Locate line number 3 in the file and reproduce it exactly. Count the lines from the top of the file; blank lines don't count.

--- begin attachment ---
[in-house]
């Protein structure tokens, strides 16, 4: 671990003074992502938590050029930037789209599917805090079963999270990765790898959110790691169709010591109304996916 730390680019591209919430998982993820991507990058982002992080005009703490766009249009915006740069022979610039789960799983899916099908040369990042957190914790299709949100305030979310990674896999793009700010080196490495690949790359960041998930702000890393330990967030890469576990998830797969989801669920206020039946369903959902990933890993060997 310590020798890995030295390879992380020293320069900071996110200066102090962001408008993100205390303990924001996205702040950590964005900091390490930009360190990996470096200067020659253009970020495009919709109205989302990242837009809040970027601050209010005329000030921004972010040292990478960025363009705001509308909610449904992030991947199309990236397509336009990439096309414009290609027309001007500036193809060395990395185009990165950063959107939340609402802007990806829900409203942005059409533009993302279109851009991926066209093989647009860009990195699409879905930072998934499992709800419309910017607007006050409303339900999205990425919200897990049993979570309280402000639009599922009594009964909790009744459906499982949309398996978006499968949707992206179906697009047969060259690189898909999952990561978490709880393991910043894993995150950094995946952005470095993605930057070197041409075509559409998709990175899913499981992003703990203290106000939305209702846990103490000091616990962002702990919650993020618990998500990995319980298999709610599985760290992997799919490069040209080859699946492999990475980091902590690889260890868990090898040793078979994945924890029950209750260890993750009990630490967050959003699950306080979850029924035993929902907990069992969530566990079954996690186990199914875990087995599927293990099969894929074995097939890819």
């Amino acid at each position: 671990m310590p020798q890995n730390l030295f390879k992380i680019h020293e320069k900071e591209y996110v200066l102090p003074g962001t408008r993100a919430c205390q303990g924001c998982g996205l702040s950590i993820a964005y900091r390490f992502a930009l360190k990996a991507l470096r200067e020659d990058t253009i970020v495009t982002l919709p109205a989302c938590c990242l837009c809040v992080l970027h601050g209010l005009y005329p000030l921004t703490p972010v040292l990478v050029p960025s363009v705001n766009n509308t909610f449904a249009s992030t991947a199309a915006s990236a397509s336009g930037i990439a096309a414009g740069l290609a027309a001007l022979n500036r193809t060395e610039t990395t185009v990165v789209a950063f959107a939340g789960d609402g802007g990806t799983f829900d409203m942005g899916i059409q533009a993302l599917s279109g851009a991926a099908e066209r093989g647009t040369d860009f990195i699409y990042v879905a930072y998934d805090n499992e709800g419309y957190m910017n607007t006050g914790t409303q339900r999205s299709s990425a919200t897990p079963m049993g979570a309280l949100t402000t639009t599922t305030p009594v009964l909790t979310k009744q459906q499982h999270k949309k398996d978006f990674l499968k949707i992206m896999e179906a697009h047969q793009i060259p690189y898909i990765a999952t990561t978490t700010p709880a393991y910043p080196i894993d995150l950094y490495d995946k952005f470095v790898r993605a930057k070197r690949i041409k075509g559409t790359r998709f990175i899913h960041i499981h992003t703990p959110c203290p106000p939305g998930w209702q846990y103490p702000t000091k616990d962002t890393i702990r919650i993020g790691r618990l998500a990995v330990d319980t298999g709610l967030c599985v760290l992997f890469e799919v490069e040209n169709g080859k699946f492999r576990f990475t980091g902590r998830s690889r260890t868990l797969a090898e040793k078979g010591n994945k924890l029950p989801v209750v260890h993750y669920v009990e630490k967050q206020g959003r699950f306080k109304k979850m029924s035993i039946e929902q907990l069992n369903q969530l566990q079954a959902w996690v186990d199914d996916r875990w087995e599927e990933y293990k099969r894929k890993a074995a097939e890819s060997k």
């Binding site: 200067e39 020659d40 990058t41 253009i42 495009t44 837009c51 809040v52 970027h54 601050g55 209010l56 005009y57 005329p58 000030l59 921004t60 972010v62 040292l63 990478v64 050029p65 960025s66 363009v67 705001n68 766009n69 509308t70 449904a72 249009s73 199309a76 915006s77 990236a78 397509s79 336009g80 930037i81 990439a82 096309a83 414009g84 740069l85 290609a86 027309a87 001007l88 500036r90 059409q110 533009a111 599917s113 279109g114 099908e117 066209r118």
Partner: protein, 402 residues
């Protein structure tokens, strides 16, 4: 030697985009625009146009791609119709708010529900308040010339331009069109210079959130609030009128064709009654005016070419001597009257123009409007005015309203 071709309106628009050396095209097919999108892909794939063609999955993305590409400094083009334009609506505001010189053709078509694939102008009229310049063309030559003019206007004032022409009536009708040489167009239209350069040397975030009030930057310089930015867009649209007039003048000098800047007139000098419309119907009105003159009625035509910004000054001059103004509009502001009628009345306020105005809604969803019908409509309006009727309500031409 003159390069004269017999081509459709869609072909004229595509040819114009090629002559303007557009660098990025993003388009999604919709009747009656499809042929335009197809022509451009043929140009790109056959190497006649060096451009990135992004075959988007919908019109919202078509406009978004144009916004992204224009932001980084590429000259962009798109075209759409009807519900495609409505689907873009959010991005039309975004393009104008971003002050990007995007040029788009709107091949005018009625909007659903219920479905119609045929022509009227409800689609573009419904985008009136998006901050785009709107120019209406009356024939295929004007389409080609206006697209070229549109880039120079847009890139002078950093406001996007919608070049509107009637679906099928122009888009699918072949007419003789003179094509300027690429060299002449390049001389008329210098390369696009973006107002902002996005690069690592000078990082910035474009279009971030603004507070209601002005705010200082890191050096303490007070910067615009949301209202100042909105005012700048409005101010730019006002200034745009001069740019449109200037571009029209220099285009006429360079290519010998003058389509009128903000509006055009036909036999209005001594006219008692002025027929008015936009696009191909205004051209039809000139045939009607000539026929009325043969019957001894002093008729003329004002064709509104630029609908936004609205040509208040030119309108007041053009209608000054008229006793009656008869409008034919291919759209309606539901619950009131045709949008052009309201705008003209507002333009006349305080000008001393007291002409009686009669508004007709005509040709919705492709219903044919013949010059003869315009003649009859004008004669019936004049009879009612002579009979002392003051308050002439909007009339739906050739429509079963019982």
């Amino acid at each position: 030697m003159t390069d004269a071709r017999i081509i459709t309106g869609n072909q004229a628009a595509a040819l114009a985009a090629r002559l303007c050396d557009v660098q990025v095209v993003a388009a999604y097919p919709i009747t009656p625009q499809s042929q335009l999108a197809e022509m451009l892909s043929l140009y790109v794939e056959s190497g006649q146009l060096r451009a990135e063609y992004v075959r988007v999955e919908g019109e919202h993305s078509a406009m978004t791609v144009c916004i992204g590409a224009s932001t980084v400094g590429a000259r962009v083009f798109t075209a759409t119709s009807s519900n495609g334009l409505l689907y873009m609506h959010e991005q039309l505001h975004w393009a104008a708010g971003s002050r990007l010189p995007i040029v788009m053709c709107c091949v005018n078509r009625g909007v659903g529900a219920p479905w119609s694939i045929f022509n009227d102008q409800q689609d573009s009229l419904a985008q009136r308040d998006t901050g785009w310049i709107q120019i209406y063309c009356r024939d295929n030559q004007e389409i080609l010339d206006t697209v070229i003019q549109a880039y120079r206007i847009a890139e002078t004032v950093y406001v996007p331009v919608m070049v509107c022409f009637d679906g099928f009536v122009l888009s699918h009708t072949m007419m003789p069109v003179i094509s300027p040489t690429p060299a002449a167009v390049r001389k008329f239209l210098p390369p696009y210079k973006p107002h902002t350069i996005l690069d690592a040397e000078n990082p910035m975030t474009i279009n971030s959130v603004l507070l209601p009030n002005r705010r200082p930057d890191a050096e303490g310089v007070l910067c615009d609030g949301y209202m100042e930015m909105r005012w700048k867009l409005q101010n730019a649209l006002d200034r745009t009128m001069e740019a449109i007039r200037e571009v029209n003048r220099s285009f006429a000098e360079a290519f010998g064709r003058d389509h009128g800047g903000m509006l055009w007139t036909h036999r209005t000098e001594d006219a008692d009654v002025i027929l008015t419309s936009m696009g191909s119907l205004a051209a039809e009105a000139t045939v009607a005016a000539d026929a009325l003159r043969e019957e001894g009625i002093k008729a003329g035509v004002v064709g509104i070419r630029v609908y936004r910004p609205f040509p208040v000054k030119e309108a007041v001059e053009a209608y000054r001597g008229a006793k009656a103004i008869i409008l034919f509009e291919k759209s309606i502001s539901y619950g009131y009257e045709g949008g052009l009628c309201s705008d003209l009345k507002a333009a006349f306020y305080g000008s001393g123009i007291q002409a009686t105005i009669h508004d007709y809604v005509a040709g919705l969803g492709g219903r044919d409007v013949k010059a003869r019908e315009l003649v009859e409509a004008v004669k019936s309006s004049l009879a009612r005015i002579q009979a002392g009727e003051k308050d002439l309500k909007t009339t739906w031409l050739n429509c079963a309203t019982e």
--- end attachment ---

């Amino acid at each position: 671990m310590p020798q890995n730390l030295f390879k992380i680019h020293e320069k900071e591209y996110v200066l102090p003074g962001t408008r993100a919430c205390q303990g924001c998982g996205l702040s950590i993820a964005y900091r390490f992502a930009l360190k990996a991507l470096r200067e020659d990058t253009i970020v495009t982002l919709p109205a989302c938590c990242l837009c809040v992080l970027h601050g209010l005009y005329p000030l921004t703490p972010v040292l990478v050029p960025s363009v705001n766009n509308t909610f449904a249009s992030t991947a199309a915006s990236a397509s336009g930037i990439a096309a414009g740069l290609a027309a001007l022979n500036r193809t060395e610039t990395t185009v990165v789209a950063f959107a939340g789960d609402g802007g990806t799983f829900d409203m942005g899916i059409q533009a993302l599917s279109g851009a991926a099908e066209r093989g647009t040369d860009f990195i699409y990042v879905a930072y998934d805090n499992e709800g419309y957190m910017n607007t006050g914790t409303q339900r999205s299709s990425a919200t897990p079963m049993g979570a309280l949100t402000t639009t599922t305030p009594v009964l909790t979310k009744q459906q499982h999270k949309k398996d978006f990674l499968k949707i992206m896999e179906a697009h047969q793009i060259p690189y898909i990765a999952t990561t978490t700010p709880a393991y910043p080196i894993d995150l950094y490495d995946k952005f470095v790898r993605a930057k070197r690949i041409k075509g559409t790359r998709f990175i899913h960041i499981h992003t703990p959110c203290p106000p939305g998930w209702q846990y103490p702000t000091k616990d962002t890393i702990r919650i993020g790691r618990l998500a990995v330990d319980t298999g709610l967030c599985v760290l992997f890469e799919v490069e040209n169709g080859k699946f492999r576990f990475t980091g902590r998830s690889r260890t868990l797969a090898e040793k078979g010591n994945k924890l029950p989801v209750v260890h993750y669920v009990e630490k967050q206020g959003r699950f306080k109304k979850m029924s035993i039946e929902q907990l069992n369903q969530l566990q079954a959902w996690v186990d199914d996916r875990w087995e599927e990933y293990k099969r894929k890993a074995a097939e890819s060997k």